The once-lacking volatility among major currencies is back again, and this time it is the remarkably steady US Dollar which is creating a gulf between itself and some of its peers on the other side of the Atlantic.
This morning, the US Dollar rose in value against the Euro and British Pound so significantly that it plunged the Euro and British Pound to sudden lows, with the Euro hitting its lowest value against the US Dollar in over a month, and the British Pound hitting its second lowest point in over a month against the greenback.
The sudden upsurge of the US Dollar against these two majors is quite fascinating, and demonstrates the US Dollar’s continued strength despite the precarious economic and geopolitical circumstances that surround the United States.
This morning, the British Pound headed down to 1.20 against the US Dollar, and the Euro to 1.07.
The United States has been faced with similar economic challenges to those faced by Europe over the past two years, and in some cases has had greater difficulties such as higher inflation this time last year, before it subsided in November 2022, and even more stringent lockdowns and involvement in geopolitical instability than some parts of Europe.
Despite this, the US Dollar has held up extremely well, and now that the inflation level in the United States is back to 6.5% and has been for some momnths compared to double figures in the United Kingdom and Europe ranging from 10% in the western European nations to over 25% in some of the Baltic states which are European Union members, things continue to improve for the Dollar.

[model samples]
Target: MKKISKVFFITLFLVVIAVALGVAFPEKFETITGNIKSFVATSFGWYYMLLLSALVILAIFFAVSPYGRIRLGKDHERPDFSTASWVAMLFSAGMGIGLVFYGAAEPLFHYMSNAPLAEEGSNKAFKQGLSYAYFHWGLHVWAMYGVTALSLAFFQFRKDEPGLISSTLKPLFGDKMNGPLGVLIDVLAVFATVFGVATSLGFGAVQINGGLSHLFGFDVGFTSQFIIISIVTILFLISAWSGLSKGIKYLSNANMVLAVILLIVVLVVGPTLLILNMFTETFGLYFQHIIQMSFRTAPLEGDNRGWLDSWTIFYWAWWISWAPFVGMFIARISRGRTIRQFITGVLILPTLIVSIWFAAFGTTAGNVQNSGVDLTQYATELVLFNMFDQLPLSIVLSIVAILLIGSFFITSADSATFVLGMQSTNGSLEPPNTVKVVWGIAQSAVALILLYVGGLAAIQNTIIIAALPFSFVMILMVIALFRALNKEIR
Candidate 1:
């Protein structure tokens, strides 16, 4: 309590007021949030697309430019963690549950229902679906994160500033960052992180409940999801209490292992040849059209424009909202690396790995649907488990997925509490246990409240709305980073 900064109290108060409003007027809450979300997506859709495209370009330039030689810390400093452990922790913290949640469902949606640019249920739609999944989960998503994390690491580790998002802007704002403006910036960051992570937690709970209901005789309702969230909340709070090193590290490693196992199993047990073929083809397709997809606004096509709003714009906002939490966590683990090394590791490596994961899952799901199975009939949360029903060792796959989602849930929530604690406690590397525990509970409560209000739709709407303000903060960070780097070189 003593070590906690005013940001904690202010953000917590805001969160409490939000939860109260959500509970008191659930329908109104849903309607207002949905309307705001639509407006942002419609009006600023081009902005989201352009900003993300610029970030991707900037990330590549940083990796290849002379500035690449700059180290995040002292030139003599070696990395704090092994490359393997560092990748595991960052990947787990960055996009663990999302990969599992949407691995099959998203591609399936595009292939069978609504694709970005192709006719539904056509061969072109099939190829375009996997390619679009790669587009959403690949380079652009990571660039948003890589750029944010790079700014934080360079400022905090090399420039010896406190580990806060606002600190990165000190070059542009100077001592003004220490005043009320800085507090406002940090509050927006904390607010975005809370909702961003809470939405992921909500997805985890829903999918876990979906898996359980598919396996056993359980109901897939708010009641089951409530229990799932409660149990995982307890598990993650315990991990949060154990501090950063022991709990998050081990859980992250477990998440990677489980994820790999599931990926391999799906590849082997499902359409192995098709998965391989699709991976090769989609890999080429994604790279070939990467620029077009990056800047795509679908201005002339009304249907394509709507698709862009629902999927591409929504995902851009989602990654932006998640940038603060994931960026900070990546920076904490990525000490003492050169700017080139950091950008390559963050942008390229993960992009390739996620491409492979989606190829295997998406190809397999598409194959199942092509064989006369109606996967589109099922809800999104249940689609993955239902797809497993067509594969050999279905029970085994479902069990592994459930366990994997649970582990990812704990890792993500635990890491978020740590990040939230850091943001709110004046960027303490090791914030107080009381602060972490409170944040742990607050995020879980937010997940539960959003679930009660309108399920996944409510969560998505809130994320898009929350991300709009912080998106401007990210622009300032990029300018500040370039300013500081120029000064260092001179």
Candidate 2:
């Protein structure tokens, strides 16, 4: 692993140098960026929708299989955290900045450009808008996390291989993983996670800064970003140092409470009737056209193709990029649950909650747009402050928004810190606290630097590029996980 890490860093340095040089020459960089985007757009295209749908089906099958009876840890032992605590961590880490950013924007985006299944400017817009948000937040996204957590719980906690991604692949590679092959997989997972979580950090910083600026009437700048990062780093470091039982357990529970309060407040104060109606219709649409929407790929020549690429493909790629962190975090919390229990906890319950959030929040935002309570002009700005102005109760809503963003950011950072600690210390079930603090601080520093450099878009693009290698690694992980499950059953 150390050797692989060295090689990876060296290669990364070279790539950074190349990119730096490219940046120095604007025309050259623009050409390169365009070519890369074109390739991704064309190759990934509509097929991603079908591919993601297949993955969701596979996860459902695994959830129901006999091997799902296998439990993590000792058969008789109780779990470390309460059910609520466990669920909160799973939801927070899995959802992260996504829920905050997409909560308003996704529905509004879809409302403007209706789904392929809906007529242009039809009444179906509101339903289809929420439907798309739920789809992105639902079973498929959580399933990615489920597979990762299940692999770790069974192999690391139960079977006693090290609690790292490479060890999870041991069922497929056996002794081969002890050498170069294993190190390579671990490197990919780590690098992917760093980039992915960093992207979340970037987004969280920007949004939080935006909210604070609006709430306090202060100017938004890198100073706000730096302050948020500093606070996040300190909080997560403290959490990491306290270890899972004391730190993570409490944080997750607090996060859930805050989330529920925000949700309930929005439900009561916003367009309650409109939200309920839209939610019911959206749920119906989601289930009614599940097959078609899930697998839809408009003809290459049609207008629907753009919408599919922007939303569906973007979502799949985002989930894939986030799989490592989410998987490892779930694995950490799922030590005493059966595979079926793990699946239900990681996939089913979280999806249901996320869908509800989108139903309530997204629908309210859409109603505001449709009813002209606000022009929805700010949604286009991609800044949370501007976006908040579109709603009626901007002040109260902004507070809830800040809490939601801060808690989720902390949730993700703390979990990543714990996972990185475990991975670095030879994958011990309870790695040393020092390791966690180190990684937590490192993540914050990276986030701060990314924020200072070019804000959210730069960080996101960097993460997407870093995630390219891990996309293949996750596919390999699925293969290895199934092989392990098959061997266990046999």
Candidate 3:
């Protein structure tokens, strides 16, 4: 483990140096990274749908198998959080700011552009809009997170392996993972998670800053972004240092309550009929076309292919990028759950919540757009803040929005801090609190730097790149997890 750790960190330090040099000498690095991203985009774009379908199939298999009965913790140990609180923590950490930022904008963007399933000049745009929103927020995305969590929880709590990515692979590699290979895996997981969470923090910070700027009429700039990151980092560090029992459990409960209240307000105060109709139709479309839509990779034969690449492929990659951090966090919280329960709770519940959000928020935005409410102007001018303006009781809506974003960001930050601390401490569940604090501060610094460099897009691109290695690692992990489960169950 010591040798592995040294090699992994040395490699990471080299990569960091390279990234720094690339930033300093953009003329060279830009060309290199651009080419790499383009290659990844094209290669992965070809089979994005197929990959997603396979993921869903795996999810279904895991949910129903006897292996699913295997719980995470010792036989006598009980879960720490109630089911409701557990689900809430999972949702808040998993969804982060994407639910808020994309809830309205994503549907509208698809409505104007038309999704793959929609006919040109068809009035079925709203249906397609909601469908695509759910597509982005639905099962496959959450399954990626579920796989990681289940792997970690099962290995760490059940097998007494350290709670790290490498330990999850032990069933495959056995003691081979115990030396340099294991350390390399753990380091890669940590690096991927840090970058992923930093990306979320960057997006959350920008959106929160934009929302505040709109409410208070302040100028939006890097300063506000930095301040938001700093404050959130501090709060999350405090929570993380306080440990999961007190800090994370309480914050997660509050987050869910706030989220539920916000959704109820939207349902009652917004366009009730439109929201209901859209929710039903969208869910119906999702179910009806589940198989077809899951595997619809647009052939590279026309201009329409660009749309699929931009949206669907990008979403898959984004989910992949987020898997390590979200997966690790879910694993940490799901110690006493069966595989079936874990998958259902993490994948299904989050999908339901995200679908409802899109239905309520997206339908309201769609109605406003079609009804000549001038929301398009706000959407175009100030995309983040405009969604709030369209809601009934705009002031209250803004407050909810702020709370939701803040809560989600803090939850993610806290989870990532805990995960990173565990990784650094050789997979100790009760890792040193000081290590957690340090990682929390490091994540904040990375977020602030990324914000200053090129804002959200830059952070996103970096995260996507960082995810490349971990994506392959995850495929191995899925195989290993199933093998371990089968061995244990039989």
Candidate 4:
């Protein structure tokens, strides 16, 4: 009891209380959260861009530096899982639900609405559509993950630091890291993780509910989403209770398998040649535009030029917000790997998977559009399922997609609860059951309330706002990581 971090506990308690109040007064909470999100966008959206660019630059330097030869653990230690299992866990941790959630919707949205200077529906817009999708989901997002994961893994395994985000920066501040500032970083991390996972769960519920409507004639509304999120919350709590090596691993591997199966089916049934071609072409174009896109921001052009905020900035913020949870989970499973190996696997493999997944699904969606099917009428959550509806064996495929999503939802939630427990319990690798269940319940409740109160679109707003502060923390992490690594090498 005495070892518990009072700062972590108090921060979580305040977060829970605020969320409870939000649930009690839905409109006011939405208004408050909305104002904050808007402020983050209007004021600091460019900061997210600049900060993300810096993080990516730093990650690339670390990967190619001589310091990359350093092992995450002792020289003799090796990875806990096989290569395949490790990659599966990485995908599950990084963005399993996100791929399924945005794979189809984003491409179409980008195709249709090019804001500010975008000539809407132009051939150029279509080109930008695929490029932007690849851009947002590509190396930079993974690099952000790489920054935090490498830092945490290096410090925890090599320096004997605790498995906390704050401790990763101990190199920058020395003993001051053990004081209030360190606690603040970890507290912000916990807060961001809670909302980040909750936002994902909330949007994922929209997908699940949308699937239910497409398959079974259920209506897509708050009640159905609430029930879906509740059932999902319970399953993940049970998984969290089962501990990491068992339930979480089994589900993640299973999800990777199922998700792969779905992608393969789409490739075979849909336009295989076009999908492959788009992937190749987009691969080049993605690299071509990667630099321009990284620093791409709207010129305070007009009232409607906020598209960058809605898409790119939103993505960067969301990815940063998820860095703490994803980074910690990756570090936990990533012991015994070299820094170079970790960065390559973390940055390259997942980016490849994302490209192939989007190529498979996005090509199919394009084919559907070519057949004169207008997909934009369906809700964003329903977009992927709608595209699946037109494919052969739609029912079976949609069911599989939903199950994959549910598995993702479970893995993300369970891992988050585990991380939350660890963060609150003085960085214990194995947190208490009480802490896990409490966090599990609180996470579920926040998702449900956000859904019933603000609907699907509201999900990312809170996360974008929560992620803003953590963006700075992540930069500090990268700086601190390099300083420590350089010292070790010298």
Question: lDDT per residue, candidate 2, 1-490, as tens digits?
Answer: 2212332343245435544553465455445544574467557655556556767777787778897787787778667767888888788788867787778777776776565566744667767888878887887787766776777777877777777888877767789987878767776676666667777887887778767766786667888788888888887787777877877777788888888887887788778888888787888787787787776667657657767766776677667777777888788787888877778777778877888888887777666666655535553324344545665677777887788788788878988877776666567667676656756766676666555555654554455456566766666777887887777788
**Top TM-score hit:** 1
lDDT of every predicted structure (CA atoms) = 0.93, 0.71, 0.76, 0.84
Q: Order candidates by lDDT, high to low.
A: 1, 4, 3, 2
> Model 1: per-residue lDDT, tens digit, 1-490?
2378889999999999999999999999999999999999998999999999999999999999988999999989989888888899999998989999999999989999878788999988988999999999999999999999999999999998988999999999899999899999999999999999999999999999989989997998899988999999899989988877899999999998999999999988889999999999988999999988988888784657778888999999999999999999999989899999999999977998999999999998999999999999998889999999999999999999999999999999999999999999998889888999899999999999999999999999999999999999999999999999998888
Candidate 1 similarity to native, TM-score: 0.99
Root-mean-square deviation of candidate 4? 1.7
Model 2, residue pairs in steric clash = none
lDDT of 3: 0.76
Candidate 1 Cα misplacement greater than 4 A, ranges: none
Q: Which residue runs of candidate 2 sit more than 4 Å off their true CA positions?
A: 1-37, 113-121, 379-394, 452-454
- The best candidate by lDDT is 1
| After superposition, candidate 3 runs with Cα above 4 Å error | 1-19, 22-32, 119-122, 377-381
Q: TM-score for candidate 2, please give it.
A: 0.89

It may appear that the lower US inflation figure compared to that of Europe and that of the US a few months ago is a good thing, but this has caused higher costs for large corporations in the United States who have to continue to pay more for supplier contracts or to operate their subsidiaries in Europe, leading to lower revenue figures for many.
The US involvement in the ongoing Ukraine war is also a huge cost, and potentially destabilizing factor, however despite having spent over $100 billion on it, plus pledging to escalate the situation by sending more munitions and last week’s revelation by an American investigative journalist that the Nord Stream explosion which occurred in November 2022 was allegedly the work of the US armed forces, the Dollar continues to grow.
Whether its overall stability compared to European and British currency is artificial, or whether the US economy is genuinuely less encumbered than that of mainland Europe or Britain is debatable – however this level of volatility in the light of such unusual times is of great interest within the currency markets.
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